The new group includes a former batting champion in Tim Raines, who also has the fifth-highest stolen-base total in history with 808, and two former Jackie Robinson Rookie of the Year Award winners in David Justice and Chuck Knoblauch, both of whom went on to multiple postseason appearances. There is also a former World Series MVP in pitcher Jose Rijo of the 1990 Reds, a 50-homer hitter in Brady Anderson, a key starting pitcher on the Blue Jays' 1992 and '93 Series champions in Todd Stottlemyre, two of the top closing relievers of their time in Robb Nen and Rod Beck, a 200-game winner in Chuck Finley and two exceedingly dependable players who were managers' dreams in Shawon Dunston and Travis Fryman.

Rijo is on the ballot for the second time. He was on in 2001, but is on again because of his comeback in 2002.

Now, on to the former Appleton Fox, Rich "Goose" Gossage.

What normally happens with such a ballot is that writers cast reflection on the holdovers who for whatever reason have yet to win the 75-percent approval required for election. Voters tend to want to vote for some players, and if the new names aren't dazzling, then an intense second look at the other candidates becomes an option.

This is good news for Rich "Goose" Gossage, who is in his ninth year on the ballot and has made a steady rise in the voting in recent elections. Gossage's vote total on the previous ballot of 388 was 21 shy of the amount required.

Getting as high as 71.2 percent of the vote bodes well for the two-time Fireman of the Year and 22-season veteran because every player who has received more than 70 percent of the vote in a BBWAA election has made it to the Hall of Fame. Granted, some of those gained entry through the Veterans Committee, but the Goose is right at the door with as many as six elections left for him if he doesn't make it this year.

Results will be announced on January 8.

This is neat

I saw this on mlb.com and the history buff in me thought, "This is going to be cool."
Exhibition game to benefit team's official charity, ThinkCure
When the Dodgers moved out of the Los Angeles Memorial Coliseum and into Dodger Stadium in 1962 it was believed that the Coliseum -- constructed in the the 1920s for football and track and field -- would never again host another baseball game.

Forty-six years later, the Dodgers will return to the Coliseum one more time to play an exhibition game with the world champion Boston Red Sox as part of the organization's 50th anniversary celebration of its move to Los Angeles. Executives from the Dodgers and Red Sox joined local politicians and former players at a news conference, hosted by legendary broadcaster Vin Scully at the Coliseum on Monday to announce the event.

"It's going to be so much fun next March 29," said Dodgers chairman Frank McCourt. "There's already a great buzz about it. It's just a pleasure. I think Senator Mark Ridley Thomas had a great idea and we just jumped on the opportunity. It's going to be a special, special night here in LA, not only to celebrate the 50th anniversary of the team's arrival in LA, but the proceeds are going to go to ThinkCure, our new official charity."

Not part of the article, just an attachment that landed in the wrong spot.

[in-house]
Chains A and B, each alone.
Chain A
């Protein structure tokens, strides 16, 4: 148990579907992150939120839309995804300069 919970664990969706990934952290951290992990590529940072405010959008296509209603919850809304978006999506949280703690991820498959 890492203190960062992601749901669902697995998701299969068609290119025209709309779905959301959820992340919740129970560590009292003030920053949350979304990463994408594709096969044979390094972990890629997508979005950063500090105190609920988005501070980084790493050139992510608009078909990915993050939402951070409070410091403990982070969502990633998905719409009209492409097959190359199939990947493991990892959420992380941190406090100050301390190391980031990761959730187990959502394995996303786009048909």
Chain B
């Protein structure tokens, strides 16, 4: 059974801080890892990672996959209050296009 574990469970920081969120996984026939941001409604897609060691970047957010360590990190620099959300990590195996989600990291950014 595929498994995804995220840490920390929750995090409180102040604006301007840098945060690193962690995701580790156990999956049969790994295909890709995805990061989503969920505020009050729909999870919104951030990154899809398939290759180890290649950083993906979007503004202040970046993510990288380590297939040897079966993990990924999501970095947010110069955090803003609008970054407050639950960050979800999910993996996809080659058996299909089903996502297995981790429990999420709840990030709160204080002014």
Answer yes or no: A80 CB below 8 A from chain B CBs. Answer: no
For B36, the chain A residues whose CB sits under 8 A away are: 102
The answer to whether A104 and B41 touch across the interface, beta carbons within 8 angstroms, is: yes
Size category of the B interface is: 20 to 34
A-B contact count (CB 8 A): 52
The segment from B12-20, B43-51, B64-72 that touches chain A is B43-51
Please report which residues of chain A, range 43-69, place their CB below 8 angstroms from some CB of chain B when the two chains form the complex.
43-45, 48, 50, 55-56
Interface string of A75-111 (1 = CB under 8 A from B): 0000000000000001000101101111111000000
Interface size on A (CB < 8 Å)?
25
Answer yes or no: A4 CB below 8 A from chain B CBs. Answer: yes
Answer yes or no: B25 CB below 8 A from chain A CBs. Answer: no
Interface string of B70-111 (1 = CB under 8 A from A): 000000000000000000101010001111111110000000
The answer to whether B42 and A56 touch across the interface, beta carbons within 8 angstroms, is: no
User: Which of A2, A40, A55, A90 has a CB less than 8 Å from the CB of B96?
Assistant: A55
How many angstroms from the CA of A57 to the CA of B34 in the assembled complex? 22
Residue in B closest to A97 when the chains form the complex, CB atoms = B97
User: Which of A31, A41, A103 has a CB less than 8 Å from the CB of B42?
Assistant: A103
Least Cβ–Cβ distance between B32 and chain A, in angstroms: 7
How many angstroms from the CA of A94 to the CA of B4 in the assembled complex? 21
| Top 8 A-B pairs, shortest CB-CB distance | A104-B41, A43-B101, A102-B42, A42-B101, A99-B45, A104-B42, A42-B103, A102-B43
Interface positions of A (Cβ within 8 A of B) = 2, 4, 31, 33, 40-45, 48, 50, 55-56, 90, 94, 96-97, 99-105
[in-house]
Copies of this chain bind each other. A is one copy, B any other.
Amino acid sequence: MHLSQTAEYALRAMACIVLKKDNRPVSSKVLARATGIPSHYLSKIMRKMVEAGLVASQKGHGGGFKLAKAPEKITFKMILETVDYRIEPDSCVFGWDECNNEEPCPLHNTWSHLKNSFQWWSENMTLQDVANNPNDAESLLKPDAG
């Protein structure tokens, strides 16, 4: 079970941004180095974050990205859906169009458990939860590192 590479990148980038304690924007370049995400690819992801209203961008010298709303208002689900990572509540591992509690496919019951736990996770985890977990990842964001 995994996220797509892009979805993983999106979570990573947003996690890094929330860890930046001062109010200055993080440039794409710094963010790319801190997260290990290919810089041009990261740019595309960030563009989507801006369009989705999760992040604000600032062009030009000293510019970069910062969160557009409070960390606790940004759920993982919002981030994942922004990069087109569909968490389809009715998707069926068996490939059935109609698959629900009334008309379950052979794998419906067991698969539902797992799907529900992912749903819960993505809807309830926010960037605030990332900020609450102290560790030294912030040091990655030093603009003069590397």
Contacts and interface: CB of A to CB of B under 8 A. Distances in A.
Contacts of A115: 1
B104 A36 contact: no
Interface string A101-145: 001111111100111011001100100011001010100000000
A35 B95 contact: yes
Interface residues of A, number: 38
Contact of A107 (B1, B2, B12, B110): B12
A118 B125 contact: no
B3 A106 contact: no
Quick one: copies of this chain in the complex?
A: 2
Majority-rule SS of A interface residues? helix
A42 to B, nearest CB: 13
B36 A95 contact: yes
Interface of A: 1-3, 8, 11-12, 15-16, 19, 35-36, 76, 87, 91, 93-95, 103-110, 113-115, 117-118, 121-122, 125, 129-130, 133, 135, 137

Read the article to find out how much the the Dodgers are going to spend on temporary dugouts. Plus, they will reconstruct the screen in left field to protect that will make it a little harder to hit the ball over the fence in left...the one that is only 251 feet from home plate.

Look! Another list!

MiLB.com has started counting down the top 50 prospects in the minors. They have revealed 41-50. Two ex-Rattlers are on there.

48. Carlos Triunfel:
That birth date isn't a misprint. Born in 1990, he'll be just 18 next season. Despite a broken thumb that slowed him down last year, he still made the leap to the California League and handled himself exceptionally well. It will be interesting to see if the Mariners continue to push him aggressively with a bump up to Double-A or if he'll begin the year back with High Desert. Whatever the case, he's still way, way ahead of the curve.
46. Jeff Clement:
Now the question is what to do with him. After a successful year at Triple-A and a nice September callup, it's fairly clear his bat is ready for the bigs. He's not bad behind the plate -- his ability to throw out baserunners is his biggest liability -- but with Kenji Johjima in Seattle already, it's unclear how the Mariners will work Clement into the lineup in 2008.

Mariner Mailbag

Jim Street, MLB.com's Mariner beat writer, answers some questions from fans in the Mailbag. The only Rattler related question has been taken out and placed here.

With Jose Guillen most likely leaving, where do Wladimir Balentien and Charlton Jimerson fit into the team's plans? They're both young, athletic and have a lot of upside. It would make sense for them to get a long look in Spring Training.
-- Robert G., Tigard, Ore.

Both figure to get plenty of playing time during the early stages of the Cactus League schedule, but my guess is Balentien and Jimerson will be two of the starting outfielders for the Triple-A Tacoma Rainiers.